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Hayduke27

What Advice Do You Have For A Newbie?

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Hayduke27    51

Hi everyone!

I am a new amateur astronomer, but absolutely loving it and am fascinated by everything I am seeing and learning.  I read about sketching the views in my telescope some time ago, but I never really felt that interested.  However, as I learn more and get more time at the scope, I am quickly seeing the benefits and how rewarding sketching can be.  I just got my first sketching kit, I have a notebook, and I also have printed some blank sketch templates.  As the moon is getting so big in the sky, I think I will make some of my first sketches in the near future of the moon (as soon as this rain stops, geez!).

My question to those veteran sketchers out there is this: if you could give one or two pieces of advice to a beginner, what would they be?  I have watched some sketching videos and read some articles, and am not looking for "How to sketch" advice so much as I am looking for advice on some nuances that might just make life easier.  What would you tell somebody who has never put pencils to paper?  Does anything come to mind?  

P.S.-- I really love looking at the new sketch posts, thanks to everyone who puts their time and effort into sharing those!

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Richard Hather    715

Sketching is for me the most rewarding part of astronomy, my first piece of advice would be to take your time.

i usually spend a good 20-30 mons observing the object taking in all the glorious detail. Then spend again 20-30 mins sketching the object.

Always try and sketch seated I found being comfortable whilst sketching is key fingerless gloves are a must have.

Finally don’t put yourself under pressure to be great at it straight away it take time and patience to find your way to sketch any given object.

Clear skies 🌌🌙✨💫🔭

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N3ptune    917

You can start by doing small sketches, small area of the paper to make it look less like a burden. And picking easier objects to see how you like it.

Edited by N3ptune
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mikeDnight    3,560

Stick at it! Keep all your sketches, good and bad, so you can look back and see how your drawings and your observing skills improve over time. You'll not regret it!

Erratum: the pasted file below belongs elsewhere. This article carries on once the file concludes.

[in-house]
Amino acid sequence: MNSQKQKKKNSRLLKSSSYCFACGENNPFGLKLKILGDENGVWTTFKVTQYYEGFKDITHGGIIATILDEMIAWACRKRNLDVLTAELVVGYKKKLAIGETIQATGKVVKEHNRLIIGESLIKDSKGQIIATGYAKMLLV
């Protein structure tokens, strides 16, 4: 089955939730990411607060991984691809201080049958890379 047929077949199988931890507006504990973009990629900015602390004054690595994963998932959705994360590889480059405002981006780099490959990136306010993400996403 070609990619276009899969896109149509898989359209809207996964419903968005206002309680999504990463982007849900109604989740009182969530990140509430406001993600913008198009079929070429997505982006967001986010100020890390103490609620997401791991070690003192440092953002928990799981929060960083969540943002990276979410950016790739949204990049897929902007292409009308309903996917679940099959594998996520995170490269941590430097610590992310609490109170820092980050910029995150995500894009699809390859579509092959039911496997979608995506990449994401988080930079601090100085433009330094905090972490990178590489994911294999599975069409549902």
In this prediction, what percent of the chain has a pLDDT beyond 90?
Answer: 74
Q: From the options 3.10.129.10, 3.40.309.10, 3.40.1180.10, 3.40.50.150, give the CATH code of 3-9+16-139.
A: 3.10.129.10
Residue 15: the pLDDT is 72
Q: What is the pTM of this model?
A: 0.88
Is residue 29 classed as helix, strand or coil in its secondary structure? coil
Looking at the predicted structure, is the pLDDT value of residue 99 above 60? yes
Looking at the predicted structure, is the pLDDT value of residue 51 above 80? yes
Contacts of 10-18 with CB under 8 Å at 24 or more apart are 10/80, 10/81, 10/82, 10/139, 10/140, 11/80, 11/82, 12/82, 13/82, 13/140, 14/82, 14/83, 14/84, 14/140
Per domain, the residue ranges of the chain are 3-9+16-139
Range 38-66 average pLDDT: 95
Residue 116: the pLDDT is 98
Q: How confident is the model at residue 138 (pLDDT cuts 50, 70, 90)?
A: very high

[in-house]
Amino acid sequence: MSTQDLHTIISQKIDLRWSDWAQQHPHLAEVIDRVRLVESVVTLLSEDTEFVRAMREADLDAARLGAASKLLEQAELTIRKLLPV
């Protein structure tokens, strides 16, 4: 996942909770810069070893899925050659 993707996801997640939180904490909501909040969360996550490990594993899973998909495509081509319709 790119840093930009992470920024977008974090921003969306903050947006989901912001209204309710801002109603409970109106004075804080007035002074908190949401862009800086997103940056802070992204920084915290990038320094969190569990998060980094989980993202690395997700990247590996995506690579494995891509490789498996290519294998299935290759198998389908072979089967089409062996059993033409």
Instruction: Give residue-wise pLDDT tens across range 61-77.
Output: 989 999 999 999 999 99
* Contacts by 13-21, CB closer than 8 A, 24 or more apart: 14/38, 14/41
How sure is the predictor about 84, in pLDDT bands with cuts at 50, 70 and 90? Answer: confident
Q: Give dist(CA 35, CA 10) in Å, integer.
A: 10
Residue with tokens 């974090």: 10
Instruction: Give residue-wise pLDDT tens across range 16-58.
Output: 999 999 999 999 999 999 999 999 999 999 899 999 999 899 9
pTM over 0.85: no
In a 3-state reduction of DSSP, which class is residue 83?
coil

Perhaps when sketching the moon you could try your hand at drawing the subtle detail on the floors of ringed planes such as Aristarchus. At first it may look bland, but as you begin to put pencil to paper you'll find there's some interesting detail to be teased out of the image. The walls of ringed planes tend to be simpler than many terraced crater walls and so are good to practice on. Also, don't worry if your eyepiece sketches are a bit messy, just make cleaned up versions of them when you get inside. More than anything else, enjoy yourself!!! :icon_biggrin:

 

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Hayduke27    51

I made it out for my first sketch session last night.  It was also my first time taking a long look at the moon through a telescope.  I have viewed it with binoculars and spotting scopes in the past, but last night was the first time I really sat down at the eyepiece of a telescope and took a few hours really observing.  Man, there was a lot to see!  I observed for about an hour before I began to sketch.  I haven't tried my hand at making a proper sketch of anything for over a decade, and getting the shakes out of my hand was no small task.  By the time I picked a target and got the feel for the pencil, another hour had gone by. 

Anyway, in the end I ended up sketching the Pythagorus Crater with its neighbors.  It was near the terminus, and so the shadows contrasted nicely.  I experienced what was said by @mikeDnight about the interesting detail that really begins to stand out as I sketched.  When I began the sketch, it seemed like I was just going to make a quick sketch of a simple crater.  By the end of it I was noticing an infinite amount of detail and shading that just seemed like too much for me to even capture.  By the time I finished, I was thinking to myself how making a sketch of the stars and some faint DSOs will likely seem easy compared to trying to capture all the details of the surface of the moon!  All the same, what an awesome subject to draw, and I can see how the moon will provide countless hours of observing and sketching in the future.  Here is my sketch.  It's not much, but I will say that it's amazing how quickly I understood how sketching not only makes you really pay attention to what you are observing to tease out the details, but in drawing said details you really commit them to memory.  By the time I pulled out the moon map this morning, I found the crater I had drawn immediately and recognized so much of the detail shown on the map, it was a cool moment :happy7: